3. A dynamoelectric machine according to claim 2 in which the pole segments are composed of permanent magnetic ceramic material and the wedges are made from powdered iron.

4. In a dynamoelectric machine, a thin cylindrical housing, an armature positioned to rotate within said housing, said armature having a plurality of coil slots, a stator including a pair of permanent magnetic ceramic pole segments, a pair of U-shaped inverted wedges having the legs of the U secured to the housing to hold the pole segments in position, and mounting bolts passing through the wedges, said bolts being magnetically shielded by the wedges.

5. A dynamoelectric machine according to claim 4 wherein said wedges are flared at the ends to rigidly hold the pole segments from axial motion within the housing.

6; A dynamoelectric machine according to claim 5 wherein said wedges are made from a magnetic material to by-pass the magnetic flux of the armature around the mounting bolts.

Myers May 21, 1940 Wahlberg Oct. 19, 1954

Patent Citations
Cited PatentFiling datePublication dateApplicantTitle
US2201699 *Dec 21, 1936May 21, 1940Us Electrical Motors IncMagnetic structure for dynamoelectric machines
US2692345 *Dec 13, 1951Oct 19, 1954Electrolux CorpPermanent magnet motor
Referenced by
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US3277324 *Jul 21, 1965Oct 4, 1966Allen Bradley CoPermanent magnet pole piece
US3422295 *Sep 1, 1966Jan 14, 1969Gen ElectricPermanent magnet stator with split casing and method of making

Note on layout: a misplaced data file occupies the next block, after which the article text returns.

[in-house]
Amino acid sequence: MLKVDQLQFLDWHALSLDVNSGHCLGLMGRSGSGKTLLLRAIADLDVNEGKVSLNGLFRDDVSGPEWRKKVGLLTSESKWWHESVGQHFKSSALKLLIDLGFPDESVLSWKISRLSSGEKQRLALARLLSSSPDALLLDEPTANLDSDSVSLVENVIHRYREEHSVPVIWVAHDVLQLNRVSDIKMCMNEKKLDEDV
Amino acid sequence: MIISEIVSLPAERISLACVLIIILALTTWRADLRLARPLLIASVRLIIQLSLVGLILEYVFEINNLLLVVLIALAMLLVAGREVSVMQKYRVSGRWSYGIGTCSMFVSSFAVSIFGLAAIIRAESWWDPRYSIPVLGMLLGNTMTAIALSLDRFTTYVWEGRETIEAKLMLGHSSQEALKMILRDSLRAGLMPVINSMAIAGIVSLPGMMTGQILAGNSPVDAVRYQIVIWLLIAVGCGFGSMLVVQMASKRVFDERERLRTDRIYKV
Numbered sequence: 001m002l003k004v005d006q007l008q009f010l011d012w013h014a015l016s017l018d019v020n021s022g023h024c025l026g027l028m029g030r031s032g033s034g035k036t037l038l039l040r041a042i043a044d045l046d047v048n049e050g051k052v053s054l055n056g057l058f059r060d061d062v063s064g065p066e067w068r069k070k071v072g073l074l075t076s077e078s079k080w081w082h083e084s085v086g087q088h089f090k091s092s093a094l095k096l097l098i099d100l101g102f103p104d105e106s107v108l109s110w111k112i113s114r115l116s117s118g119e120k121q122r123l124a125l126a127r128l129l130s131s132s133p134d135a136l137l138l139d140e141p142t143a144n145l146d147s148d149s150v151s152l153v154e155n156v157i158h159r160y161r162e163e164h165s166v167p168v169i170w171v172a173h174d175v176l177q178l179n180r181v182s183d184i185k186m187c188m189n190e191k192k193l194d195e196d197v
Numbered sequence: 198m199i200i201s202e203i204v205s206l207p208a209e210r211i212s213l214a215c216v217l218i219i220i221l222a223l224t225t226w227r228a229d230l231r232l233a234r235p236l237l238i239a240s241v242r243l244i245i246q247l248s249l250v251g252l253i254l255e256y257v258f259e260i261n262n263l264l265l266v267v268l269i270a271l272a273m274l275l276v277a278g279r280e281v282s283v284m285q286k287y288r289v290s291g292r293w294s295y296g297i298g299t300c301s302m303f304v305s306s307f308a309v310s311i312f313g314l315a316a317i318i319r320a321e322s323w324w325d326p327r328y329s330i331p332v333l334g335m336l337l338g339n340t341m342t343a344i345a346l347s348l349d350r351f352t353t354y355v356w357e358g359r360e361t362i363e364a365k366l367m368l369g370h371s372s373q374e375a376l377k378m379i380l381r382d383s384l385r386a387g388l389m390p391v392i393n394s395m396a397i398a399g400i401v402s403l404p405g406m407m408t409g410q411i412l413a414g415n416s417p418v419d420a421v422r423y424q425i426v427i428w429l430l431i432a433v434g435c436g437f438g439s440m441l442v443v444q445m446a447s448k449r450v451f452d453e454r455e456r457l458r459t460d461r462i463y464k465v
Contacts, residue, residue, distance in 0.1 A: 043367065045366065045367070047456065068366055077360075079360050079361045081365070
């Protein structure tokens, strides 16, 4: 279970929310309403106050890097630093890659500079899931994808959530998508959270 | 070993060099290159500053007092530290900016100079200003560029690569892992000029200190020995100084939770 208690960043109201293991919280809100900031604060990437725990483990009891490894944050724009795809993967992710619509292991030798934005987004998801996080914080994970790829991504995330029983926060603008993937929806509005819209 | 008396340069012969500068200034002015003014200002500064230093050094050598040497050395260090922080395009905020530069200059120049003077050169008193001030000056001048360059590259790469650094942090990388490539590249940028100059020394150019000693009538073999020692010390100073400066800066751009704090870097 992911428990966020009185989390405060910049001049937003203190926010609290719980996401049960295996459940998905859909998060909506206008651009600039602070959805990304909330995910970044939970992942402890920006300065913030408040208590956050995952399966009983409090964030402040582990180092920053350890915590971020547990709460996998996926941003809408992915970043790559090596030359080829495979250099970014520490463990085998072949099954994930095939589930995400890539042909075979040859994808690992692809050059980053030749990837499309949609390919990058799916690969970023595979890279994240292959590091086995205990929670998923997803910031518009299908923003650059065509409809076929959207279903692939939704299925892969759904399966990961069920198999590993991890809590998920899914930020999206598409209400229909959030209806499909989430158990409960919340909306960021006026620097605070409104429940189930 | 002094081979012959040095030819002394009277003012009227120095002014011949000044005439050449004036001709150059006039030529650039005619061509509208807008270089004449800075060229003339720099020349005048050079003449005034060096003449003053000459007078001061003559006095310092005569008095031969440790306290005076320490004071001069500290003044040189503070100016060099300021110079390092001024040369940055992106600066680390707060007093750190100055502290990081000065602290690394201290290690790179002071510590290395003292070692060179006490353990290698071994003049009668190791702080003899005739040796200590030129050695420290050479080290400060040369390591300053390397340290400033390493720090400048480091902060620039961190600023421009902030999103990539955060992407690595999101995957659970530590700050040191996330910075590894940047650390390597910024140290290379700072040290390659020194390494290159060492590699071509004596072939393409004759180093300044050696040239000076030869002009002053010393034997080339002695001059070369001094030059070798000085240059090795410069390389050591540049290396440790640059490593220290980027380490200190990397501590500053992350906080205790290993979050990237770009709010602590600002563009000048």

US3479626 *Dec 12, 1967Nov 18, 1969Vernitron CorpElectromechanical read-out device
US3489937 *Dec 18, 1967Jan 13, 1970Gen ElectricMotor construction
US3836802 *Sep 6, 1973Sep 17, 1974Gen ElectricPermanent magnet motor
US4296343 *Oct 5, 1979Oct 20, 1981Ambac Industries, IncorporatedElectric motor housing, or the like, with integral pole and methods for making same
US4338533 *Aug 21, 1978Jul 6, 1982Siemens AktiengesellschaftElectric machine excited by permanent magnets
US4372035 *Mar 3, 1981Feb 8, 1983Ambac Industries, IncorporatedMethod for making an electric motor housing with integral pole
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US4587449 *Nov 16, 1983May 6, 1986Lucas Industried LimitedPermanent magnet rotary dynamo electric machine
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U.S. Classification310/154.18, 310/44, 310/190, 324/151.00R
International ClassificationH02K1/17, H02K1/12
Cooperative ClassificationH02K1/17
European ClassificationH02K1/17